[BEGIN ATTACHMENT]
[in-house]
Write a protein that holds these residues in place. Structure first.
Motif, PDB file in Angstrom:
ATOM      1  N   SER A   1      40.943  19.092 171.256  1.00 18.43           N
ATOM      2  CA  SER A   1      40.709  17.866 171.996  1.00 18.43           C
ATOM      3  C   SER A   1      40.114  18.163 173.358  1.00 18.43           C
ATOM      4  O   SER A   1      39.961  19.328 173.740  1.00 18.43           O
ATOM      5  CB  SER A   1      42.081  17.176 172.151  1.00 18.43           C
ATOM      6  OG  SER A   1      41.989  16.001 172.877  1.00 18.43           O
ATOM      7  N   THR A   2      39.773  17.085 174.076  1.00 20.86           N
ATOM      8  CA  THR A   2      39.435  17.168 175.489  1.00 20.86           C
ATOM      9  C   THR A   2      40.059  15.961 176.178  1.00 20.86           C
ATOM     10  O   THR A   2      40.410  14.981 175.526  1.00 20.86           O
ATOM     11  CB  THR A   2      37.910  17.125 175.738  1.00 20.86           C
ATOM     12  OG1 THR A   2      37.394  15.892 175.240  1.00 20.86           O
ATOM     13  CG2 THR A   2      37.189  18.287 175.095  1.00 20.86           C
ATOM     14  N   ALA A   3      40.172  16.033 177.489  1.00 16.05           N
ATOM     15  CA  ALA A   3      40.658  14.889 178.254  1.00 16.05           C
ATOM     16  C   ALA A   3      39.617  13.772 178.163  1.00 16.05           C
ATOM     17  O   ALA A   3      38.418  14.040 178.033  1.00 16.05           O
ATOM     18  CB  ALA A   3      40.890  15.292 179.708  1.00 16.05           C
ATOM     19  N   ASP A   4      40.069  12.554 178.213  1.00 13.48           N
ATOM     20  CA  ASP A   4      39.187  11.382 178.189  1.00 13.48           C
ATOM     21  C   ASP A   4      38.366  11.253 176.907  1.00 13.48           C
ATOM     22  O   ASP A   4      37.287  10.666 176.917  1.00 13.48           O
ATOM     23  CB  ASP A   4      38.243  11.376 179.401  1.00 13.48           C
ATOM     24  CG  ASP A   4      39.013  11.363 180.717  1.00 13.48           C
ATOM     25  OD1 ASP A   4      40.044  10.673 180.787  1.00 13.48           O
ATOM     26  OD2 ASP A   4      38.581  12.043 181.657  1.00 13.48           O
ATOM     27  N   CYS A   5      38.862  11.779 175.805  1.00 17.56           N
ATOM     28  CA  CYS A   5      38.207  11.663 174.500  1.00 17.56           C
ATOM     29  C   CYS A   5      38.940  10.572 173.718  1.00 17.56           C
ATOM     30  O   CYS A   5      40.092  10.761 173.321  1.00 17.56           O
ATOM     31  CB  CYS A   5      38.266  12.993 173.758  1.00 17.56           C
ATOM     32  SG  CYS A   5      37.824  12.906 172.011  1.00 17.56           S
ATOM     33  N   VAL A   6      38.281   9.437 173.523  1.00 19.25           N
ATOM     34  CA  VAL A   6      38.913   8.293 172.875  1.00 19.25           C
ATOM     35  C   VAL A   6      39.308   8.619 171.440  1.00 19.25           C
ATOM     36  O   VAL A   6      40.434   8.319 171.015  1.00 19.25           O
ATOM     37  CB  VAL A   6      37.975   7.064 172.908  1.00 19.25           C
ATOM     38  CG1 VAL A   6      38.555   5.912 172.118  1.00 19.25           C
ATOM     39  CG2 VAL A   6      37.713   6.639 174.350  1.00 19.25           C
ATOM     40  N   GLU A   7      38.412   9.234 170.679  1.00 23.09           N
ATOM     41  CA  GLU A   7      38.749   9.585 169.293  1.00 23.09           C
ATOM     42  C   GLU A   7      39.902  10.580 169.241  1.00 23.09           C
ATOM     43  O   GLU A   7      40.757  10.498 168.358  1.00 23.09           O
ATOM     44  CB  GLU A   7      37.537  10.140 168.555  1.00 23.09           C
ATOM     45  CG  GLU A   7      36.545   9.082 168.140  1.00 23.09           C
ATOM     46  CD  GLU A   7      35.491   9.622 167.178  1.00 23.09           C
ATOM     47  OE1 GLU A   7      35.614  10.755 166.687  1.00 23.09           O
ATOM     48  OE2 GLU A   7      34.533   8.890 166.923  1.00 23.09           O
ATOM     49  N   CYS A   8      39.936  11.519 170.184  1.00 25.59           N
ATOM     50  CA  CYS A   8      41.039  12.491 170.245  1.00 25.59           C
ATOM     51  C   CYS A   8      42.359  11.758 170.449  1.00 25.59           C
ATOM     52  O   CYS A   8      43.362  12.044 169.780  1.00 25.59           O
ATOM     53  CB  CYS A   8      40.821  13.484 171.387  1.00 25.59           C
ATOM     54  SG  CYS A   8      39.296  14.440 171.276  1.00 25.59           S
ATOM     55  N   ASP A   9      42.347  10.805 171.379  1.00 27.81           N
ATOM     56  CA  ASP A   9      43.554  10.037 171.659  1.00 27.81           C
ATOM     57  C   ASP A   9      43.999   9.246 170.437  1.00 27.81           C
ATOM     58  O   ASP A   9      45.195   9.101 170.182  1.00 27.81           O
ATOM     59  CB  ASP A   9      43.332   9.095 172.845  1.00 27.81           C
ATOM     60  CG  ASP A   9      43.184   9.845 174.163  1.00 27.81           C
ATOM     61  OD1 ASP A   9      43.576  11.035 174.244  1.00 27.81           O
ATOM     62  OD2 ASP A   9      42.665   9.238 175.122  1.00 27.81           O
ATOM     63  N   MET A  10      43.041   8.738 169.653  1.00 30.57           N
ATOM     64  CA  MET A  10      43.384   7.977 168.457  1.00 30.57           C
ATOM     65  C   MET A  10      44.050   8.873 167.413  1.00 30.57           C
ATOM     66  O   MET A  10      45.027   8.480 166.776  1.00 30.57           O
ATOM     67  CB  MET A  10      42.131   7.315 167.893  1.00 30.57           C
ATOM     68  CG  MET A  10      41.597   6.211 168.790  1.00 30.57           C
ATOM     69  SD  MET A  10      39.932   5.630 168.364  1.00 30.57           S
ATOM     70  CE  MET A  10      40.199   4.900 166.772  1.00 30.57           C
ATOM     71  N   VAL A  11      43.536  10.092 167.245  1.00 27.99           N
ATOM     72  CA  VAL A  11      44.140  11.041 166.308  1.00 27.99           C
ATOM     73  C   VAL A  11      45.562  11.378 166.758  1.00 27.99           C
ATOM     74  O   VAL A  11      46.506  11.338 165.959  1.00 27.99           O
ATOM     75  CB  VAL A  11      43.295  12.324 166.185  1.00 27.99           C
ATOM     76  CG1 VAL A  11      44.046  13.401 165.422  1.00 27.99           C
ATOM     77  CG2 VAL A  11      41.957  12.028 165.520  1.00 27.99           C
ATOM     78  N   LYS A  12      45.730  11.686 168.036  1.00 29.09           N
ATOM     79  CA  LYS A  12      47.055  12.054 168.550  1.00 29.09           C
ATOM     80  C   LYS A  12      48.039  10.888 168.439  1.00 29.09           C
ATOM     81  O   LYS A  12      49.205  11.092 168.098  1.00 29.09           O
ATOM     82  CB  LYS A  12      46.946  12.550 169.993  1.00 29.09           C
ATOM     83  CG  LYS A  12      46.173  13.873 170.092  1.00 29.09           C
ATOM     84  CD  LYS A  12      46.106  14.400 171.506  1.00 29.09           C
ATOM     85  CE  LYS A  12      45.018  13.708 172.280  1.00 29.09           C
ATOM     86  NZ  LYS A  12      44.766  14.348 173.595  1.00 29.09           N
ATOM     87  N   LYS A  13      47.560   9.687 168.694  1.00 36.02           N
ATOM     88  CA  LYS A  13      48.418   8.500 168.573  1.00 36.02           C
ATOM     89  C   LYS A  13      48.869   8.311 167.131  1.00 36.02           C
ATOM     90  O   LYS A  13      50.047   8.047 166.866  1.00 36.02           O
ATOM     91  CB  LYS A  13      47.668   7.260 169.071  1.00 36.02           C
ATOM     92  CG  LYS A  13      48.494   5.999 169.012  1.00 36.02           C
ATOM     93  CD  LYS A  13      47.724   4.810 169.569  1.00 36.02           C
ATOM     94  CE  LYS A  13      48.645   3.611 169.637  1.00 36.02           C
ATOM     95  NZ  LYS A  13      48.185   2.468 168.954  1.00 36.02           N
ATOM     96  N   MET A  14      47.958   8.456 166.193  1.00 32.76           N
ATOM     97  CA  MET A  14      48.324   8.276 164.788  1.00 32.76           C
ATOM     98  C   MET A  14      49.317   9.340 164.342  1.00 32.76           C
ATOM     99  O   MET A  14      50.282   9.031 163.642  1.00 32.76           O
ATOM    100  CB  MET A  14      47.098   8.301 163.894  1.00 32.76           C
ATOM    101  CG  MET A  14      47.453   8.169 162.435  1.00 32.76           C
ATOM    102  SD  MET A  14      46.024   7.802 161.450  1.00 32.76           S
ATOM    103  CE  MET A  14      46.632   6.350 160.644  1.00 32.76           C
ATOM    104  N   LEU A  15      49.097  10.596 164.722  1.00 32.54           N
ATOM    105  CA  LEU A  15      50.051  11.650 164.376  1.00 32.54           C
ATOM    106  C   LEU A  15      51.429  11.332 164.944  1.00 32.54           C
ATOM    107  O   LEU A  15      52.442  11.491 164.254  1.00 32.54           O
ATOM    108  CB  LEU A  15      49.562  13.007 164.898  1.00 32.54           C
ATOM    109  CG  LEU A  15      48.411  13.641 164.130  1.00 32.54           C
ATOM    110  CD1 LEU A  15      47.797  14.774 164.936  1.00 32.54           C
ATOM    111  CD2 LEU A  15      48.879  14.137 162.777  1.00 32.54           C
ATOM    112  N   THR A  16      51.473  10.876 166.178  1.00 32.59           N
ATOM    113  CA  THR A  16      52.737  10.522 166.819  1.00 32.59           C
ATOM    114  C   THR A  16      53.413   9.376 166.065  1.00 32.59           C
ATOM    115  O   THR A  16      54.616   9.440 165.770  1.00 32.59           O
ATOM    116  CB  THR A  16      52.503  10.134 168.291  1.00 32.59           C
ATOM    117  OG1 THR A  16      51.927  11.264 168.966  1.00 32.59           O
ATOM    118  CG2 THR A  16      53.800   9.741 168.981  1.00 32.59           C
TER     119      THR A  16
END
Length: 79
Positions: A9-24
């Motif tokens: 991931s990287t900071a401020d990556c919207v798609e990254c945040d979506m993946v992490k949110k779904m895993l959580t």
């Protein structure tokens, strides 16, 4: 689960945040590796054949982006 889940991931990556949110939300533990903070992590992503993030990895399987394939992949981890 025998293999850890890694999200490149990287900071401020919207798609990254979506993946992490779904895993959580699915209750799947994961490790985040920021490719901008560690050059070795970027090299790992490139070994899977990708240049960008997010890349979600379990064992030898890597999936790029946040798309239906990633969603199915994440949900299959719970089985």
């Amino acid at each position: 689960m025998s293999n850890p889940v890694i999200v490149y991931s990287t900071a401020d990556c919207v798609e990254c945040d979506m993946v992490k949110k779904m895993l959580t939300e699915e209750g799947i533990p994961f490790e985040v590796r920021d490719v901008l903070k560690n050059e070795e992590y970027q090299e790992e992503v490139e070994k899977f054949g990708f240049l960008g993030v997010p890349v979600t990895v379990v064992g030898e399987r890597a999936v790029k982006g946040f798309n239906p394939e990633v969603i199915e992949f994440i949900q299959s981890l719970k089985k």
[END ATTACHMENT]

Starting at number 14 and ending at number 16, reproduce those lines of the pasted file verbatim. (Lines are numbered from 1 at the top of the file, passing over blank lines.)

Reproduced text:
ATOM     11  CB  THR A   2      37.910  17.125 175.738  1.00 20.86           C
ATOM     12  OG1 THR A   2      37.394  15.892 175.240  1.00 20.86           O
ATOM     13  CG2 THR A   2      37.189  18.287 175.095  1.00 20.86           C